2017 Macbook Pro Iteration

I got the newest Macbook Pro 15” with very mixed feelings. I needed a speed bump, and I seriously got it. The other positive angle is the TouchID sensor, which spares me from typing my password about 6-8 times a day (as 1Password supports it).

BUT. In capital letters.

The Touchpad is much too big. Technology that switches it off while you’re typing is working, also it recognizes when you rest one of your palms on it while using the pad with the other hand. BUT still sometimes your palms are merely touching it and get mistaken for fingers, which is hugely irritating. ALSO the bezel between Touchpad and keyboard is very thin, so as I’m usually resting my unused thumbs below the space bar, now this sometimes moves the cursor. ALSO the bezel between Touchpad and the edge of the laptop is very thin, so when I had the Macbook on my lap, sometimes my belly or so triggered the Touchpad to lock as it understands it’s no finger, but this stopped it from working from time to time and not register actual clicking or tapping with my fingers. OVERALL, the Touchpad is a huge pain in the ass with the new Macbook Pro 15”.

The Control Strip is also an extremely big BUT for many reasons. First and foremost, you can’t rest your hands on the former F-keys anymore, as any touch will trigger the screen to go dark or some app expos√© to open or whatever. Second, you cannot feel the key anymore. It wasn’t a problem for me to instantly hit the ESC key, but for everything else, you most likely have to actually take a look where to press. The app-specific control strip keys sometimes don’t work as expected and generally, I find it very confusing to have the strip change while I switch between apps, so I fixed the layout to what you can see in the image.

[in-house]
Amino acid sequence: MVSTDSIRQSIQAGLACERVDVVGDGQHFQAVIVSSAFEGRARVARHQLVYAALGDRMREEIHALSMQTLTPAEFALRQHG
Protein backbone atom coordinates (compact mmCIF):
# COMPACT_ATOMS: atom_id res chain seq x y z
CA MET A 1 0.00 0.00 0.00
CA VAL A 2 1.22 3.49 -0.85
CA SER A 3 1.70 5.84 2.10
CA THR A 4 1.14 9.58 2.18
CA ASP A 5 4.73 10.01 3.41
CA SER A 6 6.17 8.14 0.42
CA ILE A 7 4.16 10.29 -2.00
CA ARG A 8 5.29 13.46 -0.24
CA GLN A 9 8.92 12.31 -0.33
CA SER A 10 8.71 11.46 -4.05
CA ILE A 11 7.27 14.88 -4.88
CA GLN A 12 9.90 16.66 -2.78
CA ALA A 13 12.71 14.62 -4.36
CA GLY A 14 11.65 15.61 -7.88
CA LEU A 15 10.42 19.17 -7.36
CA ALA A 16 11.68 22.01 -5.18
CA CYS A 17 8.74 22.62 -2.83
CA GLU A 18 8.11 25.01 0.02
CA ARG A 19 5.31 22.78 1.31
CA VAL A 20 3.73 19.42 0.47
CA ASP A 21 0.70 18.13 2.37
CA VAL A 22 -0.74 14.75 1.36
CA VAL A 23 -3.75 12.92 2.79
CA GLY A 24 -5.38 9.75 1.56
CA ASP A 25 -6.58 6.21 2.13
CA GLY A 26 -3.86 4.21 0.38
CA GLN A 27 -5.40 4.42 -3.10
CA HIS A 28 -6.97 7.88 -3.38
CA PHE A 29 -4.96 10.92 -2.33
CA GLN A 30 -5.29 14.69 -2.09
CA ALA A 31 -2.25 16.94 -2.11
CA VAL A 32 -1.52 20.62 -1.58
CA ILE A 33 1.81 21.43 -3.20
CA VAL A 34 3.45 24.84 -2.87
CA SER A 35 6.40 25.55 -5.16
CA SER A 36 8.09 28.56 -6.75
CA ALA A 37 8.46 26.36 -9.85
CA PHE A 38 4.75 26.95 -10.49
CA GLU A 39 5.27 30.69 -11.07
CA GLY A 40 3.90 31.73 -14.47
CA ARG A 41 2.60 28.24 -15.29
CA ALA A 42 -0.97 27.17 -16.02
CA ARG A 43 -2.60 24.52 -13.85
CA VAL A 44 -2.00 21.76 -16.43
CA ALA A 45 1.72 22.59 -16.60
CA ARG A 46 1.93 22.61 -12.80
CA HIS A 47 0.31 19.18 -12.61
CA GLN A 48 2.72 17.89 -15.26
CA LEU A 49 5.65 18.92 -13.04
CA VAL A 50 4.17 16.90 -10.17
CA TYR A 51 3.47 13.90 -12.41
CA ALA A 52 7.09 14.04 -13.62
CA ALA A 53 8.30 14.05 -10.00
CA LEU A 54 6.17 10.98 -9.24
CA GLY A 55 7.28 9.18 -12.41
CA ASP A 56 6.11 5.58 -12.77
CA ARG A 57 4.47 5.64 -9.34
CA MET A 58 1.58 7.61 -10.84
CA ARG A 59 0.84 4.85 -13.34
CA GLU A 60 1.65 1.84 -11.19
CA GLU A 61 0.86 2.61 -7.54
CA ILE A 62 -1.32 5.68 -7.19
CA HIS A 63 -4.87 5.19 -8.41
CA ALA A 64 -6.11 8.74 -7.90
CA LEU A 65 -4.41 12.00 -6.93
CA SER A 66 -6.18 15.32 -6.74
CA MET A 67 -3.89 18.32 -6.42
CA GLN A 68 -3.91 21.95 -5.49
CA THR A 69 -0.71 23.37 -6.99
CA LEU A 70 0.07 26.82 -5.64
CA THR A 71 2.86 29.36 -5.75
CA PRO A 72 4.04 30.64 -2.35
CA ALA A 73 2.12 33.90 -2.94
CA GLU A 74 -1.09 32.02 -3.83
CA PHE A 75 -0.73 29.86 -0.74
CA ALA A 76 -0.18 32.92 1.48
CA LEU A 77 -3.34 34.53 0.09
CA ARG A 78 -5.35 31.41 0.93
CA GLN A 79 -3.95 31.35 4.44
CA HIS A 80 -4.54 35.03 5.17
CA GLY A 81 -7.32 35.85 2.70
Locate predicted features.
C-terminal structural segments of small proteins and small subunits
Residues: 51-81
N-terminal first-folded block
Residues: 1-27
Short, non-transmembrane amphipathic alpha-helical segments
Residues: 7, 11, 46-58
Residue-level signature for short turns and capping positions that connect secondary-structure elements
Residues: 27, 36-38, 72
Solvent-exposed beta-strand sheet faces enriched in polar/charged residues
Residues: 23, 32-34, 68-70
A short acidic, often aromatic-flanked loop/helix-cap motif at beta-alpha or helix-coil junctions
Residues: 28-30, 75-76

Also, I’m in adapter hell now, but actually, this doesn’t feel too bad. Get a good hub and some simple cheap adapters from Amazon, and you’re good to go.

2 comments so far, add yours

Setup Environment based on SSID via Keyboard Maestro


This keyboard maestro macro checks if you’ve just arrived at work or at home based on the SSID you connect to, and executes another macro you specify (in my case something that activates / deactivates applications and sets window sizes depending on the number of connected monitors, but it can be something easier, like turn on Skype at work and turn it off at home). Only a change of SSIDs from home to work or vice versa will trigger a change.


Leave the first comment



Spam is the curse of the Internet, where communication costs no time and effort, if it’s automated. And as the is only one big antispam provider (Akismet)¬†that’s built in in WordPress, the most used publishing system of the World, a lot of people use the widely known reactions of the Akismet algorithm to get through their spam messages on blogs in the whole wolrd. This also hits my site of course. And as the simple math comment protection plugin doesn’t work anymore, I just activated a (seemingly free?) plugin of CleanTalk, to protect me from people who just loooove my content sooooo much.

If you’d leave your preferred method to block spam in the comments, or tell me anything somehow related, I’d be very grateful as I need to see if this plugin here doesn’t only keep out the bad guys.

Picture by Spampizza_id_3538457992_CC_BY_cookipediachef_33950445@N04


4 comments so far, add yours

Define what defines you

There are two great things about Twitter:

  1. You can choose who to follow and define who you listen to, from all the people on the world who care to share their thoughts. This means you get to decide what your filter-bubble looks like, and it doesn’t have to be identical to your friends and coworkers anymore, as it is for anyone not using Twitter.
  2. You can share your thoughts, to make the first point work. You can be a part of the filterbubbles of people you’ll most likely never see, can influence their lives in a (hopefully) positive way, and be someone they can ask for help / opinions.

There’re more great things about Twitter, but redefining what your mental social input is is one of the biggest factors I can imagine.

Leave the first comment

Is there a reason to still have a blog?

No. Not really. Facebook, Twitter, and all the other systems out there do basically the same.

But in my opinion there’s still a reason to have a website, where you can put anything you like, without someone censoring it, where you can shut off the comments and likes, where you can fully decide about the layout, pictures, style, and wording.

This is some kind of freedom in the digital world.

Leave the first comment